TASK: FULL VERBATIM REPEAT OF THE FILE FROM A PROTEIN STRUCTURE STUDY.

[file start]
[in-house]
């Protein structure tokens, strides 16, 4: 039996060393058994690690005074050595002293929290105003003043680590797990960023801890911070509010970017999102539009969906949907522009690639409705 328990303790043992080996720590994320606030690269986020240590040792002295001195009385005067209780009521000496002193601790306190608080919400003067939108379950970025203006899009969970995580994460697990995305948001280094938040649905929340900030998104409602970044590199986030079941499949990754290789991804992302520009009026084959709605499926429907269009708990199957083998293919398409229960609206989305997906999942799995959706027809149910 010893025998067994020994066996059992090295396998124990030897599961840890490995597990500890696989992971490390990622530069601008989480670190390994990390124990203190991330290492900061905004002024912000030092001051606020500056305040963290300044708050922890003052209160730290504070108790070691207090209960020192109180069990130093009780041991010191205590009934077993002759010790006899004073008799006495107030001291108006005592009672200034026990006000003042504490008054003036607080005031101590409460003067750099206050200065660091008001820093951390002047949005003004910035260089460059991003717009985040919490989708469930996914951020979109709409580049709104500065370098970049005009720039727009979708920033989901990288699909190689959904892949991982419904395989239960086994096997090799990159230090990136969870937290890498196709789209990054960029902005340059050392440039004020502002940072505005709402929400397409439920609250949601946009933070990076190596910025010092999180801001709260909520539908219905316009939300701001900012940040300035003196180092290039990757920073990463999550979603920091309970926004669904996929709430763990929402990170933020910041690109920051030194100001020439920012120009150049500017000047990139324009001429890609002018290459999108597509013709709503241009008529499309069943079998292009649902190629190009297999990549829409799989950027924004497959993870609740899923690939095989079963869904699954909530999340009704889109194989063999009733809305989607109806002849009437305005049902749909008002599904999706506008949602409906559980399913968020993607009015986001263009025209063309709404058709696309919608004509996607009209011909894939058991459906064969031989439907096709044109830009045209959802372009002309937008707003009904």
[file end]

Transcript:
[in-house]
């Protein structure tokens, strides 16, 4: 039996060393058994690690005074050595002293929290105003003043680590797990960023801890911070509010970017999102539009969906949907522009690639409705 328990303790043992080996720590994320606030690269986020240590040792002295001195009385005067209780009521000496002193601790306190608080919400003067939108379950970025203006899009969970995580994460697990995305948001280094938040649905929340900030998104409602970044590199986030079941499949990754290789991804992302520009009026084959709605499926429907269009708990199957083998293919398409229960609206989305997906999942799995959706027809149910 010893025998067994020994066996059992090295396998124990030897599961840890490995597990500890696989992971490390990622530069601008989480670190390994990390124990203190991330290492900061905004002024912000030092001051606020500056305040963290300044708050922890003052209160730290504070108790070691207090209960020192109180069990130093009780041991010191205590009934077993002759010790006899004073008799006495107030001291108006005592009672200034026990006000003042504490008054003036607080005031101590409460003067750099206050200065660091008001820093951390002047949005003004910035260089460059991003717009985040919490989708469930996914951020979109709409580049709104500065370098970049005009720039727009979708920033989901990288699909190689959904892949991982419904395989239960086994096997090799990159230090990136969870937290890498196709789209990054960029902005340059050392440039004020502002940072505005709402929400397409439920609250949601946009933070990076190596910025010092999180801001709260909520539908219905316009939300701001900012940040300035003196180092290039990757920073990463999550979603920091309970926004669904996929709430763990929402990170933020910041690109920051030194100001020439920012120009150049500017000047990139324009001429890609002018290459999108597509013709709503241009008529499309069943079998292009649902190629190009297999990549829409799989950027924004497959993870609740899923690939095989079963869904699954909530999340009704889109194989063999009733809305989607109806002849009437305005049902749909008002599904999706506008949602409906559980399913968020993607009015986001263009025209063309709404058709696309919608004509996607009209011909894939058991459906064969031989439907096709044109830009045209959802372009002309937008707003009904």